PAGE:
Godfather of Harlem Recap: Things Have Changed

By Jonathon Wilson
Published: October 7, 2019 (Last updated: February 13, 2024)
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Godfather of Harlem (Epix) season 1, episode 2 recap: "The Nitty Gritty"


“The Nitty Gritty” sees Bumpy try to secure a source of heroin while trying to keep corrupt cops off his back in another strong episode of Epix’s Godfather of Harlem.

This recap of Godfather of Harlem Season 1, Episode 2, “The Nitty Gritty”, contains spoilers. You can check out our thoughts on the previous episode by clicking these words.

If only we could all deal with rejection in the way that Ellsworth “Bumpy” Johnson (Forest Whitaker) does. In the opening scene of Godfather of Harlem Episode 2, “The Nitty Gritty”, Bumpy is told he has lost a step by an associate who doesn’t like the old-timer’s idea of getting Harlem organized. In response, Bumpy cuts his throat and goes about his business. It’s an old-fashioned way of doing things, but sometimes, as this episode proves, old dogs can get away with old tricks.

And Bumpy needs some tricks. He needs a consistent source of heroin that doesn’t come from the Italians, and Chin (Vincent D’Onofrio) is willing to pay fifty grand to two corrupt cops if they put Bumpy back in Alcatraz. Those two things don’t go together well. Bumpy, visiting a Cuban potential pusher, is set up and arrested. At the precinct, Captain Gary D’alessandro (Nick Chinlund) is as much a victim of his rogue detectives as Bumpy is. A new solution is needed.

That solution, in hindsight, is an obvious one. There is more dope in the police evidence locker than there is anywhere else in Harlem; they’re the biggest pushers of them all. The detectives on Chin’s payroll are a threat to D’alessandro as well as Bumpy, and the enemy of an enemy tends to be a friend. So the good Captain has them bumped off and exchanges a fat envelope with his new business partner, who has the consistent source of high-quality heroin that he needs. “The Nitty Gritty” gives Bumpy a professional victory.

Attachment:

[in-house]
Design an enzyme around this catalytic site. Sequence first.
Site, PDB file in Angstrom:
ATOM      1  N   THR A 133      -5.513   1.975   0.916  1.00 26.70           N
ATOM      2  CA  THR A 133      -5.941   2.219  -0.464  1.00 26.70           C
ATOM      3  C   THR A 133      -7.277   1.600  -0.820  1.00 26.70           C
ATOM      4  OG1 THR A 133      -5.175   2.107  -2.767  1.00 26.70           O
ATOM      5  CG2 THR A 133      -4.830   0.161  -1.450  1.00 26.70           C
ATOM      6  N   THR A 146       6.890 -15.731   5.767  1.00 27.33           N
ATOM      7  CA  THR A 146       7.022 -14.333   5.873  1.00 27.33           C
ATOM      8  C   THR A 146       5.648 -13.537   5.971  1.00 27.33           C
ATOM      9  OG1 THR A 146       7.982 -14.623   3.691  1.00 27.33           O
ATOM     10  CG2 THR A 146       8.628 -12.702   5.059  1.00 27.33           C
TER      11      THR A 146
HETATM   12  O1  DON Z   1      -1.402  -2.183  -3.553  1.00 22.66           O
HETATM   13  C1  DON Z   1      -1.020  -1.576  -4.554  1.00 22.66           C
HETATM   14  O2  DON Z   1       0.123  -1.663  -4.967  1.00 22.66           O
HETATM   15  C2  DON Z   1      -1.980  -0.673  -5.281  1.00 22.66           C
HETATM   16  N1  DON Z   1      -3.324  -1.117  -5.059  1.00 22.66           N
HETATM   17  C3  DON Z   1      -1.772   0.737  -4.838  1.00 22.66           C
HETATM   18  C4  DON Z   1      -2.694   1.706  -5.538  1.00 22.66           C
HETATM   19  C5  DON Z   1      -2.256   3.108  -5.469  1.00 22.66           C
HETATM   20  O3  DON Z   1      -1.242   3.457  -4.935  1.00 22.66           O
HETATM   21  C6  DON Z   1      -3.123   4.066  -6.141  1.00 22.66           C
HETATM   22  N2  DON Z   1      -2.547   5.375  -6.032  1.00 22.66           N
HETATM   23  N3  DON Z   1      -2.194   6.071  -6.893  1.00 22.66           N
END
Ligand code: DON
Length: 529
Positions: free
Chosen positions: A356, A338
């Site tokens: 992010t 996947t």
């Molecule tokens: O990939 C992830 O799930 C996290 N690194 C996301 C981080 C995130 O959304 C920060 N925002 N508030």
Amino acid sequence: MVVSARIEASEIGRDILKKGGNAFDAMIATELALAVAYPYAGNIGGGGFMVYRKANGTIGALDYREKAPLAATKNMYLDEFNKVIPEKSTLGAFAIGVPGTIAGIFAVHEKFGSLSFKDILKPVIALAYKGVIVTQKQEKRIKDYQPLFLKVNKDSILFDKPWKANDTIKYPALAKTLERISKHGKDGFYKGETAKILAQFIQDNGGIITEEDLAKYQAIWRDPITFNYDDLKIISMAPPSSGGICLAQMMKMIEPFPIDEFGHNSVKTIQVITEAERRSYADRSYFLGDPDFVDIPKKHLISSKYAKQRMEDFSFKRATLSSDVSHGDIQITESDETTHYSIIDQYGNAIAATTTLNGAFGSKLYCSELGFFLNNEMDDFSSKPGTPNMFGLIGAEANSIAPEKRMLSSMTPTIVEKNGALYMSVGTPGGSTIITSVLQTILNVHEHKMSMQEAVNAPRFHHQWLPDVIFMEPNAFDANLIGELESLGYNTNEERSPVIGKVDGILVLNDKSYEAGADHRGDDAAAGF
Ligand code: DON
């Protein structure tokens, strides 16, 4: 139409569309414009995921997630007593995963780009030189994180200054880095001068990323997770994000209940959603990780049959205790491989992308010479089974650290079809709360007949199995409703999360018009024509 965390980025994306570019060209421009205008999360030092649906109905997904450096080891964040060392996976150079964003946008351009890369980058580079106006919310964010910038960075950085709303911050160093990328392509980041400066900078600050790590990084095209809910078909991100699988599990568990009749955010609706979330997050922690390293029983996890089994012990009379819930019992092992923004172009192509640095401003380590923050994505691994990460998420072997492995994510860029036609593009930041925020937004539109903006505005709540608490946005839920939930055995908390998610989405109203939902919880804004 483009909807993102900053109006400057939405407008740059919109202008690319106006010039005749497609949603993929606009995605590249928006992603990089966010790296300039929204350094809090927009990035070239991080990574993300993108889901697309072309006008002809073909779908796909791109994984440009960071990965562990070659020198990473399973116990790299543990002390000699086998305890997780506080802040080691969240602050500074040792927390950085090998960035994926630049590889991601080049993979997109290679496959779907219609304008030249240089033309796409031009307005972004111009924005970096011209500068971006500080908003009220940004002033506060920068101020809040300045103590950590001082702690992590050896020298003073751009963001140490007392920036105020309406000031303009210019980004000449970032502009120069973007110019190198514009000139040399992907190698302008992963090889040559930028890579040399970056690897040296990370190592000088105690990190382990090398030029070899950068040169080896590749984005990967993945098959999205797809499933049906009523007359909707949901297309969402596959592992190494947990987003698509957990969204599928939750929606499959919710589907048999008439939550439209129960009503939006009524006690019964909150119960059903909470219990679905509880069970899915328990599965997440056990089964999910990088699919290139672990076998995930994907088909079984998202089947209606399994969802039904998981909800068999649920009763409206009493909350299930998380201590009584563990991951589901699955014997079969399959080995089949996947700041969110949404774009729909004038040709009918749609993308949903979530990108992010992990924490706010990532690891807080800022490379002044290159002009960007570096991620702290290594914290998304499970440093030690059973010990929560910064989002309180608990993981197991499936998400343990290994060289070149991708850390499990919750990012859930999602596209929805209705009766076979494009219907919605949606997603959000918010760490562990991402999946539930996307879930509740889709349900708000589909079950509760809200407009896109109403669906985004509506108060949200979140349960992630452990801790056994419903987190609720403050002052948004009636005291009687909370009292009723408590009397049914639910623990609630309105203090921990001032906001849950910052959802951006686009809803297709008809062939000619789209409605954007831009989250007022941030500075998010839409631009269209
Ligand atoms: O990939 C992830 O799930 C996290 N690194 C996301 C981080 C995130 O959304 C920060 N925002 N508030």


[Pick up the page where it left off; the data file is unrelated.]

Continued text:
But it doesn’t give him many personal ones. That comment about being behind a step resonates with Bumpy, who recognizes that Harlem isn’t the same way he left it. His daughter, Elise (Antoinette Crowe-Legacy), is in recovery under the watchful eye of Malcolm X (Nigel Thatch) and the Nation of Islam, but in Godfather of Harlem Episode 2 she learns than Bumpy and Mayme (Ilfenesh Hadera) never told her daughter, Margaret (Demi Singleton), who she was. They raised her as their own, and Mayme, at least, wants to continue to do so — when Elise leaves rehab and visits the apartment, Mayme threatens her at gunpoint and gives her $100, presumably to use getting high. The rift between Mayme and Bumpy continues to widen throughout “The Nitty Gritty”.

So, too, does the relationship between Chin and his wily daughter, Stella (Lucy Fry), who continues to conduct her forbidden long-distance romance with the talented exiled musician, Teddy (Kelvin Harrison Jr.). Chin confesses to his priest that he has thought about killing her, but he devises another solution, hooking her up with the incredibly smug son of an associate, who suggests they go and listen to “Negro music”. They do, and Stella unwittingly leads him to a musician friend of Teddy’s, who is murdered immediately afterwards on the charge of being Teddy. Chin, then, believes his problems are over, but in the closing montage of Godfather of Harlem Episode 2, Teddy returns to Harlem.

As with the premiere, which was nonetheless a little more bombastic, “The Nitty Gritty” is at its best when its key figures sit down and simply interact. There are good exchanges between Bumpy and almost everyone, including Malcolm, who continues to give him hard truths, and a passive-aggressive sit-down meeting with Chin which is pure mob theatrics. Malcolm gives a compelling speech to Elise about her recovery, and Mayme has some fun interactions with Adam Clayton Powell Jr. (Giancarlo Esposito) about securing some government funding for her community initiatives. Godfather of Harlem Season 1, Episode 2 continues to impress with its worldbuilding texture and characterization, and that fusion of history and drama; it’s a show with a whole load of potential that I hope continues to improve as the weeks go on.

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